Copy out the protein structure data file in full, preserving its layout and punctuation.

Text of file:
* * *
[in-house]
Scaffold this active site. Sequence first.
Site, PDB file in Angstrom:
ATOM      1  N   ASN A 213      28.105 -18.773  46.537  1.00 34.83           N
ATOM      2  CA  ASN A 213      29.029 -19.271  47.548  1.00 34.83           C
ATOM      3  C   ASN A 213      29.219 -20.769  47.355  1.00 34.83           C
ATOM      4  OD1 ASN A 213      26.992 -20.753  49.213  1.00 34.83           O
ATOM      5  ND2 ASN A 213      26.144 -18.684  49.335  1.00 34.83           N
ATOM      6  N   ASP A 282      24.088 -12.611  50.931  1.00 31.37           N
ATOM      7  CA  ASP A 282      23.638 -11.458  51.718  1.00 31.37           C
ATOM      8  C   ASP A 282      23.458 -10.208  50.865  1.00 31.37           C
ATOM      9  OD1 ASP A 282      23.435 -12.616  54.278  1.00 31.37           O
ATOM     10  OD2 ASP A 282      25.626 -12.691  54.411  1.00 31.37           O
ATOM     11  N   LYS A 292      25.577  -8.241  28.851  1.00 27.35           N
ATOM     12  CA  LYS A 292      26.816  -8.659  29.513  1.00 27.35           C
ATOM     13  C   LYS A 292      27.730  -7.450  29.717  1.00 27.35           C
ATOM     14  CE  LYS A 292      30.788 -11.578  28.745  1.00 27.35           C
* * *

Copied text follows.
[in-house]
Scaffold this active site. Sequence first.
Site, PDB file in Angstrom:
ATOM      1  N   ASN A 213      28.105 -18.773  46.537  1.00 34.83           N
ATOM      2  CA  ASN A 213      29.029 -19.271  47.548  1.00 34.83           C
ATOM      3  C   ASN A 213      29.219 -20.769  47.355  1.00 34.83           C
ATOM      4  OD1 ASN A 213      26.992 -20.753  49.213  1.00 34.83           O
ATOM      5  ND2 ASN A 213      26.144 -18.684  49.335  1.00 34.83           N
ATOM      6  N   ASP A 282      24.088 -12.611  50.931  1.00 31.37           N
ATOM      7  CA  ASP A 282      23.638 -11.458  51.718  1.00 31.37           C
ATOM      8  C   ASP A 282      23.458 -10.208  50.865  1.00 31.37           C
ATOM      9  OD1 ASP A 282      23.435 -12.616  54.278  1.00 31.37           O
ATOM     10  OD2 ASP A 282      25.626 -12.691  54.411  1.00 31.37           O
ATOM     11  N   LYS A 292      25.577  -8.241  28.851  1.00 27.35           N
ATOM     12  CA  LYS A 292      26.816  -8.659  29.513  1.00 27.35           C
ATOM     13  C   LYS A 292      27.730  -7.450  29.717  1.00 27.35           C
ATOM     14  CE  LYS A 292      30.788 -11.578  28.745  1.00 27.35           C